This is a common question when working with an injured victim who was injured as a passenger in a vehicle that was involved in a car wreck. At first, it seems like a very simple question that has a very simple answer: the at-fault party. However, the facts of each case do not always play out that way, and for a few basic reasons such as:
- There were multiple at fault parties.
- The driver of the car they were in was at-fault.
- The accident was weather related.
- Alcohol or substance abuse was involved
- Does the victim have a UM/UIM policy?
There are other reasons, but these are some of the main examples of the situation being complicated. The most common reason is that there were multiple at-fault parties. For example, the driver of the car the passenger was in and the driver of the other vehicle were both negligent at the time the car wreck occurred. This can result in split payments between the two insurers. The insurers will have to work out the percentage of liability they are willing to accept on behalf of their insured and based on that percentage issue a check to the injured victim. However, getting to that point takes time and pressure from your attorney to get the insurance companies to hammer down a number on responsibility. This issue quite often leads to litigation because the two sides cannot come together or dispute liability all together while the victim suffers without compensation for their injuries.
Something that must be pointed out is that in almost all cases of multiple liability, the passenger is related to the driver, or is a friend of the victim. If it is a child injured in an accident where the parent is driving, no brainer: file a claim on the parent’s policy and the other driver. But what if it was your great-Aunt Sally? Best friend Tommy? Family get-togethers might be awkward for a while if you sue great-Aunt Sally’s insurance company, i.e., great-Aunt Sally, but the truth is that you have been injured and you or your child have medical bills that need to get paid.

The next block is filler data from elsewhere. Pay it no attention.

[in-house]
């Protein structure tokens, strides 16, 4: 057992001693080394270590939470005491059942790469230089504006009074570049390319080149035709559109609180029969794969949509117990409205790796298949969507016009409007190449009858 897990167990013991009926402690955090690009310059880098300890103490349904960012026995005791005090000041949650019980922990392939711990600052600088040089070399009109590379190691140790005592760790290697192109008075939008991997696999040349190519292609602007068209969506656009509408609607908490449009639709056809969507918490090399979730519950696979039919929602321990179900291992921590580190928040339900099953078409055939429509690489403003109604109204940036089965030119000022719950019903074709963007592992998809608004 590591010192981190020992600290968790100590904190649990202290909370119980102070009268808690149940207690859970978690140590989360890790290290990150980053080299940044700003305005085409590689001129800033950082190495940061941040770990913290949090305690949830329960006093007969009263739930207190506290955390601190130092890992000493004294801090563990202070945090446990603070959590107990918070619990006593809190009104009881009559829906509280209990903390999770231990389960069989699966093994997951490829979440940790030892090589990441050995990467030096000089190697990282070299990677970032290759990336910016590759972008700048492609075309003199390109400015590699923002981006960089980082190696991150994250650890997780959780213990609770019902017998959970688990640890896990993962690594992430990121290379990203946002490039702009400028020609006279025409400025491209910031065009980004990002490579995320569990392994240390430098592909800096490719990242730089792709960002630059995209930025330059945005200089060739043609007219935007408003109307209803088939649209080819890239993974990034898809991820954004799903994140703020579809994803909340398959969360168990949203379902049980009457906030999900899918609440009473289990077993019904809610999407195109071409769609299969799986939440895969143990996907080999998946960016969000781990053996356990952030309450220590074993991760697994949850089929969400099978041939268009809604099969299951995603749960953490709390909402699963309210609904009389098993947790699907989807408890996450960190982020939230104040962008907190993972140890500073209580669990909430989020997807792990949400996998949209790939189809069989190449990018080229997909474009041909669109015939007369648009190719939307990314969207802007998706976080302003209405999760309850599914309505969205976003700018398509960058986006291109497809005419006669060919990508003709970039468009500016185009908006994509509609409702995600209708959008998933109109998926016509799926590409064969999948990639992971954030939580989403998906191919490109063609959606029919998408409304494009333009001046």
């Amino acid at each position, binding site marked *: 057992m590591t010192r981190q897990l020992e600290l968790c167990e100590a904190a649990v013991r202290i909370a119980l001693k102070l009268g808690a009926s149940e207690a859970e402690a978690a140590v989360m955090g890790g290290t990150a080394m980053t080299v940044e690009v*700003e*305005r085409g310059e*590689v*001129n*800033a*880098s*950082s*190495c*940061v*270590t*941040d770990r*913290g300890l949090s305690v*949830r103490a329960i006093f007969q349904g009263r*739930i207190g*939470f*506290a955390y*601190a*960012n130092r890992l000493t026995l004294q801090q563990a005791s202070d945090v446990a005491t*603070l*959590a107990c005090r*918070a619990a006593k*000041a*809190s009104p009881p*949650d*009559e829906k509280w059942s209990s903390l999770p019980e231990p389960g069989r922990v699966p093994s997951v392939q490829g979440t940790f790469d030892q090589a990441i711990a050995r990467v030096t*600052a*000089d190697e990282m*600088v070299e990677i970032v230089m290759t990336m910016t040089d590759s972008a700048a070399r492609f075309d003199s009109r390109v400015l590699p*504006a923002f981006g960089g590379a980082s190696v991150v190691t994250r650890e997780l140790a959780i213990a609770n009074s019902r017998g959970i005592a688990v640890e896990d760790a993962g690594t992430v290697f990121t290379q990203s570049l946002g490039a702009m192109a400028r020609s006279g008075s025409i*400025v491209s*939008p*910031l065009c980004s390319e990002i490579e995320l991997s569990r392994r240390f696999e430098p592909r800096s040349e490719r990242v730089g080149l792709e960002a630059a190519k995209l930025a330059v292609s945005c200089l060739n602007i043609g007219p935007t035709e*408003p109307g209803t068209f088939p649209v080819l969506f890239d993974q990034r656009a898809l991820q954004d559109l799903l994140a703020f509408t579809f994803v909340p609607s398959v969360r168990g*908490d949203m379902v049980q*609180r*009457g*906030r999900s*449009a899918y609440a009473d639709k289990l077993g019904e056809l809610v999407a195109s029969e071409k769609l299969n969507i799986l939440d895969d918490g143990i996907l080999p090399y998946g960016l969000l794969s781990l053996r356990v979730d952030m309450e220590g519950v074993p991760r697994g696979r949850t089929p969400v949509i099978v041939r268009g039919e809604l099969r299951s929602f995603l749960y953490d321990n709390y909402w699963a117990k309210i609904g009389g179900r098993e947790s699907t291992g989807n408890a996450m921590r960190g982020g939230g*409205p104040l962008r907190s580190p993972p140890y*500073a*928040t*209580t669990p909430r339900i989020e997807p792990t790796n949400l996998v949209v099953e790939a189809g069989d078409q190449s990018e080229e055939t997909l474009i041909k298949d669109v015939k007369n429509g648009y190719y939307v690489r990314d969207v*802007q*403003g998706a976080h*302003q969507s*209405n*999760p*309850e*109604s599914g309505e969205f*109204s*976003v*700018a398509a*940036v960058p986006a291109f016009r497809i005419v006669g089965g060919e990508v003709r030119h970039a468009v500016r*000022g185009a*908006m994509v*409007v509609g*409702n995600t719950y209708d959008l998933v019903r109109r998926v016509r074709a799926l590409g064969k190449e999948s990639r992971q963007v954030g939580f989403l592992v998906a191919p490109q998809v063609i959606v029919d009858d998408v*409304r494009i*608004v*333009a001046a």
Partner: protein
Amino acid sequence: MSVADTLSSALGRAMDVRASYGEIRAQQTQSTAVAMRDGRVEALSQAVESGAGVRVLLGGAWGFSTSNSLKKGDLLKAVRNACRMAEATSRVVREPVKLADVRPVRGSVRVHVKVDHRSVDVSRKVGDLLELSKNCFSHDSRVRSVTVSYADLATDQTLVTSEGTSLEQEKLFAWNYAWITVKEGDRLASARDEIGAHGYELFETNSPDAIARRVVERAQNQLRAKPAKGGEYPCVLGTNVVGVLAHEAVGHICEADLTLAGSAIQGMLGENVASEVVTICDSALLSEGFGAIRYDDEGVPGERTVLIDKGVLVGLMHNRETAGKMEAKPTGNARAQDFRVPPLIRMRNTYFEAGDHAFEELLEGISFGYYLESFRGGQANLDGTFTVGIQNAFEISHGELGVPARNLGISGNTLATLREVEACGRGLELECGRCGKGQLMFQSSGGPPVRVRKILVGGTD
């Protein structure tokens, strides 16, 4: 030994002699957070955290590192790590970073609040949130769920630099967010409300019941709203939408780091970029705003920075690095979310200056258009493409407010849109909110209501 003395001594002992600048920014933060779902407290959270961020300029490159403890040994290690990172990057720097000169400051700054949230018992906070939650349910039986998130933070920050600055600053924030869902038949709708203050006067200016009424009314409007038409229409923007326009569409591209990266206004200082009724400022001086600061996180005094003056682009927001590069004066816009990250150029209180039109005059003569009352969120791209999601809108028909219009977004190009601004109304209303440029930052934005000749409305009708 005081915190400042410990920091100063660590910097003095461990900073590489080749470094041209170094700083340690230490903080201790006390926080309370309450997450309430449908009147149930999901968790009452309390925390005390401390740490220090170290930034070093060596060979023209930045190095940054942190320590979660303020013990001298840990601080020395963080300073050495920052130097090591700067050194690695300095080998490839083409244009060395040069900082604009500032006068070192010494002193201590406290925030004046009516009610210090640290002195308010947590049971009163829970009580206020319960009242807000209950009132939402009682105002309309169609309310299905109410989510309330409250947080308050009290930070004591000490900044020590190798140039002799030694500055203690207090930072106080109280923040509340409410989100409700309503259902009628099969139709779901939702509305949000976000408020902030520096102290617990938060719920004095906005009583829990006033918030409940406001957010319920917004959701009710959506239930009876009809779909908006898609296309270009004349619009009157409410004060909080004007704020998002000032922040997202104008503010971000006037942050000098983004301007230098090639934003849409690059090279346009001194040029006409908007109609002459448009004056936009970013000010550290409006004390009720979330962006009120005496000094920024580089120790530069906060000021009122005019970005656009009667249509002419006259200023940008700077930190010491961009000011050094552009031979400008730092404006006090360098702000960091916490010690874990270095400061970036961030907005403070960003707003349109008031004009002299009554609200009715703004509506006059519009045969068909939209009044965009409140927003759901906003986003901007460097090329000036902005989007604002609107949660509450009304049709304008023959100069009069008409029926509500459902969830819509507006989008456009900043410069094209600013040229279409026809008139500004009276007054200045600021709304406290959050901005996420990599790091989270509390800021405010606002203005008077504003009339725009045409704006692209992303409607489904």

Here is the thing: even if your health insurer pays the initial costs, they will place a subrogation interest on any recovery you get, so it is vital that you get the most recovery you can in order to pay off that subrogation interest. In addition to that, any providers that provided you care that the health insurer does not pay, and any amounts they do not cover from those providers, the providers will place a lien against you. This means that you will need to get enough money to cover the subrogation interest from your health insurer and the medical providers who have placed liens against your recovery. In other words, the less you get from the auto insurers, the less you will take home. Plus, a good attorney is going to negotiate with those lien holders and the health insurer to get them to take less money. That doesn’t mean they will take no money. But it is possible to negotiate.
And if anybody gives you any grief at the next family get together, just tell them your attorney did it.
The next few situations require far less time, so lets go over them quickly:
- If the driver of the car was the only driver at fault, you have to use their insurance. You can’t go after a driver of another vehicle who was not at fault. It just won’t work and its just uncouth.
- If there was alcohol or substance abuse involved, that will most likely not affect liability insurance coverage but it may so speak with a local attorney in your state if you have been injured by a drunk/drugged driver. In Texas, liability coverage should remain unaffected, and if you have UM/UIM coverage, that will be stacked on top if necessary.
- Weather related claims work a little different. These can either be no-fault or the drivers of the vehicles can be considered at-fault if there are any factors that show they were negligent, such as a citation for failure to maintain speed or control of the vehicle. The insurance companies will likely send out an accident reconstruction expert or some sort of specialized adjuster to take a look at the scene of the accident and reconstruct what actually happened. Based on that, somebody is usually still found to be at-fault, and that driver’s insurer will be liable.